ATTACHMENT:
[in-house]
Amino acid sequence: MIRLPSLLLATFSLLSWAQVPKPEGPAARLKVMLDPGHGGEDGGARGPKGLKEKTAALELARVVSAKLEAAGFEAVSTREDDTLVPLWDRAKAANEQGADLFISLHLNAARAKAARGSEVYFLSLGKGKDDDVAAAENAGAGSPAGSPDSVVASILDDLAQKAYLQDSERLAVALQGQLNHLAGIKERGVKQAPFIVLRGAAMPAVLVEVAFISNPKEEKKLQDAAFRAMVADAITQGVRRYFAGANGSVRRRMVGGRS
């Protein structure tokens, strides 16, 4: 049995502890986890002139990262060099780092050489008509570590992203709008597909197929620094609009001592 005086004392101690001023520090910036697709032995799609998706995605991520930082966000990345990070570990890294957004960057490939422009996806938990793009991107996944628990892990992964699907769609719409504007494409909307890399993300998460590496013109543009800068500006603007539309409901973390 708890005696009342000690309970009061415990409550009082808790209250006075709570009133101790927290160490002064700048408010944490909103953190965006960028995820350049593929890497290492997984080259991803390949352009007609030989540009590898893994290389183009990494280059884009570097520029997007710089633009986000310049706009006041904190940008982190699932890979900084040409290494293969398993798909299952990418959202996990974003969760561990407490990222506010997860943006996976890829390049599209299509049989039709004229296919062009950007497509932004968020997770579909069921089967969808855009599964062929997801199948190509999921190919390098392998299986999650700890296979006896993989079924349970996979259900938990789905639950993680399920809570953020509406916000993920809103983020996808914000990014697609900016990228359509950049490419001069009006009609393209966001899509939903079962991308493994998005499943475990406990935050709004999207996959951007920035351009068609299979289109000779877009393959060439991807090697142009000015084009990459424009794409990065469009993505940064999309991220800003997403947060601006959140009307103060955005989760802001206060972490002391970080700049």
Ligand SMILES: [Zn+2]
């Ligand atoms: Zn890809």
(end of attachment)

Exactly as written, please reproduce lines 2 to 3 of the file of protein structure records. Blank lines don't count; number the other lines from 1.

Amino acid sequence: MIRLPSLLLATFSLLSWAQVPKPEGPAARLKVMLDPGHGGEDGGARGPKGLKEKTAALELARVVSAKLEAAGFEAVSTREDDTLVPLWDRAKAANEQGADLFISLHLNAARAKAARGSEVYFLSLGKGKDDDVAAAENAGAGSPAGSPDSVVASILDDLAQKAYLQDSERLAVALQGQLNHLAGIKERGVKQAPFIVLRGAAMPAVLVEVAFISNPKEEKKLQDAAFRAMVADAITQGVRRYFAGANGSVRRRMVGGRS
């Protein structure tokens, strides 16, 4: 049995502890986890002139990262060099780092050489008509570590992203709008597909197929620094609009001592 005086004392101690001023520090910036697709032995799609998706995605991520930082966000990345990070570990890294957004960057490939422009996806938990793009991107996944628990892990992964699907769609719409504007494409909307890399993300998460590496013109543009800068500006603007539309409901973390 708890005696009342000690309970009061415990409550009082808790209250006075709570009133101790927290160490002064700048408010944490909103953190965006960028995820350049593929890497290492997984080259991803390949352009007609030989540009590898893994290389183009990494280059884009570097520029997007710089633009986000310049706009006041904190940008982190699932890979900084040409290494293969398993798909299952990418959202996990974003969760561990407490990222506010997860943006996976890829390049599209299509049989039709004229296919062009950007497509932004968020997770579909069921089967969808855009599964062929997801199948190509999921190919390098392998299986999650700890296979006896993989079924349970996979259900938990789905639950993680399920809570953020509406916000993920809103983020996808914000990014697609900016990228359509950049490419001069009006009609393209966001899509939903079962991308493994998005499943475990406990935050709004999207996959951007920035351009068609299979289109000779877009393959060439991807090697142009000015084009990459424009794409990065469009993505940064999309991220800003997403947060601006959140009307103060955005989760802001206060972490002391970080700049």